A- A A+

Who pays for our impulsive consumption?

Beth Doherty |  18 May 2007

Who pays for our impulsive consumption?A tradition of disposable clothing has existed in the fashion industry for many years — clothing that falls apart easily, garments that you wear twice and then give away. However, we rarely consider what effect this impulsive consumption of goods has. Perhaps we know at one level that the fashion industry has quite a lot to do with poverty? 

Recently I walked into a 'disposable clothes shop' in Sydney and viewed it through a different lens. As I looked at a beautifully embroidered shirt and a pair of trousers, I started to picture the women who worked to assemble its pieces.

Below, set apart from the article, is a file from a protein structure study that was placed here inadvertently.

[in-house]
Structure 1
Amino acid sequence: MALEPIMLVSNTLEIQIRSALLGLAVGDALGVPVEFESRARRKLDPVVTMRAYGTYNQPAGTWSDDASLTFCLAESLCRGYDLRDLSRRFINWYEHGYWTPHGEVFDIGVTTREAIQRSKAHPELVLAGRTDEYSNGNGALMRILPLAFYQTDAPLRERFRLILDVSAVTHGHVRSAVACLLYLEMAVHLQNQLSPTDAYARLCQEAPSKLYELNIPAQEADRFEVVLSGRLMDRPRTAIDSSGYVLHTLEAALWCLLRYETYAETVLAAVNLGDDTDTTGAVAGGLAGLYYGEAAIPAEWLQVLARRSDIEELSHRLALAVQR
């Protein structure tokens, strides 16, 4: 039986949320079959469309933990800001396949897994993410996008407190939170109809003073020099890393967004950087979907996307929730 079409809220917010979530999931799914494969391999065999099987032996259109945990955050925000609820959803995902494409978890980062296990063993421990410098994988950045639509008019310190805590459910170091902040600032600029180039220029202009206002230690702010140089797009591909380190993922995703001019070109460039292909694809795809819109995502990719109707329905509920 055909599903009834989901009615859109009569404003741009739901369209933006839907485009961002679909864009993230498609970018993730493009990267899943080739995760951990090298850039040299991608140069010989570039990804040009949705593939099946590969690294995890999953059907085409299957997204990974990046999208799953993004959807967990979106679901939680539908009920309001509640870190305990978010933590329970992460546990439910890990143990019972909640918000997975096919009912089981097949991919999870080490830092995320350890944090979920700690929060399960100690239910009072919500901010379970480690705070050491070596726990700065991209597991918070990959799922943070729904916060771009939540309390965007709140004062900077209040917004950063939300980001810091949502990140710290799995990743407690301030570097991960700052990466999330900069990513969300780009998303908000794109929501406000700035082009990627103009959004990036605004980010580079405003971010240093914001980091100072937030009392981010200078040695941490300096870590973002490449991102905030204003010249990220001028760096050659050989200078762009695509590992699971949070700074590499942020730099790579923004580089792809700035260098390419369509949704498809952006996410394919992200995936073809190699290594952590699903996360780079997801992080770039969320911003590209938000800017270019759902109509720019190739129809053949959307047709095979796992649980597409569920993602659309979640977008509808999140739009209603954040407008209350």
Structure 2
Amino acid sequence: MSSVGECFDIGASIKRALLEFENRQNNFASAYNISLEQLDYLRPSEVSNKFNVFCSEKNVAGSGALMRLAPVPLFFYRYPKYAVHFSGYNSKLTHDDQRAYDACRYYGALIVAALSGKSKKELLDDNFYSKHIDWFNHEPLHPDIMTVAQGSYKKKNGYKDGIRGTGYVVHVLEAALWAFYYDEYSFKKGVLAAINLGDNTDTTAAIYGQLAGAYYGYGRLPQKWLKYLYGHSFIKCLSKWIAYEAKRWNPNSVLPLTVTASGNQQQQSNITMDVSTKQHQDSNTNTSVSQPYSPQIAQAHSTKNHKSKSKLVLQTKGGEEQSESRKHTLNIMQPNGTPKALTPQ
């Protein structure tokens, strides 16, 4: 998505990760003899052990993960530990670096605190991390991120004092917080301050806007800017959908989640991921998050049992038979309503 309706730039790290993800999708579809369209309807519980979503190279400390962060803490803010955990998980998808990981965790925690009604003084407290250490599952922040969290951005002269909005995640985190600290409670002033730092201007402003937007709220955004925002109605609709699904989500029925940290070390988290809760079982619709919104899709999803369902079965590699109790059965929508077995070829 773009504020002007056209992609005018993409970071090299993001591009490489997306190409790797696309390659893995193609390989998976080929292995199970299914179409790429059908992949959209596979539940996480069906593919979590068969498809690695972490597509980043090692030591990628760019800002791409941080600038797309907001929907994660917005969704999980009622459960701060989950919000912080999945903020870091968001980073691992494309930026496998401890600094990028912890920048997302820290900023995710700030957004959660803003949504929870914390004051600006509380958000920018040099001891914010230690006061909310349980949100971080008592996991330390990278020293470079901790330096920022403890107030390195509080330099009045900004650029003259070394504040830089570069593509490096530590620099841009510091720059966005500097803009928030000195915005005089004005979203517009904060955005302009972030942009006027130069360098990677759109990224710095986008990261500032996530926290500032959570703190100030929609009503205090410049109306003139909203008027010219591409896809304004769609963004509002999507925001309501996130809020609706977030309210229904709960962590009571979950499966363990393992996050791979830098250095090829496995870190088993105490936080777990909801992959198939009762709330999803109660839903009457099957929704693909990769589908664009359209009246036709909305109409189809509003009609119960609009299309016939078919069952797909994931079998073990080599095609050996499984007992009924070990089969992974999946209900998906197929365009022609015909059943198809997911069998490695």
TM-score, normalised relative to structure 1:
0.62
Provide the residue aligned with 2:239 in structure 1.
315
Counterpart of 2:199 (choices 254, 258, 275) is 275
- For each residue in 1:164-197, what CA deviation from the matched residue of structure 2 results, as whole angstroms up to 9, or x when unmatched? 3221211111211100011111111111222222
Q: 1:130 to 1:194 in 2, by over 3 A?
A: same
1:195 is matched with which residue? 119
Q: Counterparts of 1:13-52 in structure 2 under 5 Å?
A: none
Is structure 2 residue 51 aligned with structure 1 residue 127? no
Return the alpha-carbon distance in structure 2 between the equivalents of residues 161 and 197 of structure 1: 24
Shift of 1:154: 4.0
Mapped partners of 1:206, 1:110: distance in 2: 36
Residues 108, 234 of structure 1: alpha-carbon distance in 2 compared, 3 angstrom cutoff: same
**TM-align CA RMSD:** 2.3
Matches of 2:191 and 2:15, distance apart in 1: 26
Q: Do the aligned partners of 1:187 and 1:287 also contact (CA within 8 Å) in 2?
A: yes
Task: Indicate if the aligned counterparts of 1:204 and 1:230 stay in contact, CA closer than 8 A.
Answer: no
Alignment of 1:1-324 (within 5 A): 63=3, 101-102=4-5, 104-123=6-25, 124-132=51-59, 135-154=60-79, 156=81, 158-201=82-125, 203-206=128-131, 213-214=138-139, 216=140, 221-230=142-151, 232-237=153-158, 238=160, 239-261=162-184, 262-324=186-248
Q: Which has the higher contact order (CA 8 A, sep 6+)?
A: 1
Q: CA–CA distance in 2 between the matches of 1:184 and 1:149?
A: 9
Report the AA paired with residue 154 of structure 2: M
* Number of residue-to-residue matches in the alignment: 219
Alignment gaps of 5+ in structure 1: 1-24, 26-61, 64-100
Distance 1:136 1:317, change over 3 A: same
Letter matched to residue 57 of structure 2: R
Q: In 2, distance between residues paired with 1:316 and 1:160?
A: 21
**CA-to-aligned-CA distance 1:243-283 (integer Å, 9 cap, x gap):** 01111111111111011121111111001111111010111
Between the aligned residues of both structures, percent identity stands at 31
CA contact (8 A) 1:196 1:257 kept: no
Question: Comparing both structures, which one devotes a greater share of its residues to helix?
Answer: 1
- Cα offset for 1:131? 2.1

Remembering lines of women in Cambodia walking along Phnom Penh’s roads with pink scarves around their heads, long sleeved shirts and simple black pants, my conscience was pricked. These women were on their way to work in garment factories, yet rarely did I remember seeing on the labels of my clothing 'Made in Cambodia'.

While these Cambodian women work in comparatively good conditions, it is impossible for Cambodia to continue on this path as it can no longer compete in the world market. The franchise that China has on the garment industry is preventing countries like Cambodia from working their way out of poverty.

On the other side of the world the situation is similar. The United States subsidises its cotton farmers, which prevents African countries such as Mali from being able to export good quality cotton to a world market. Peru is in a similar situation with its alpaca wool.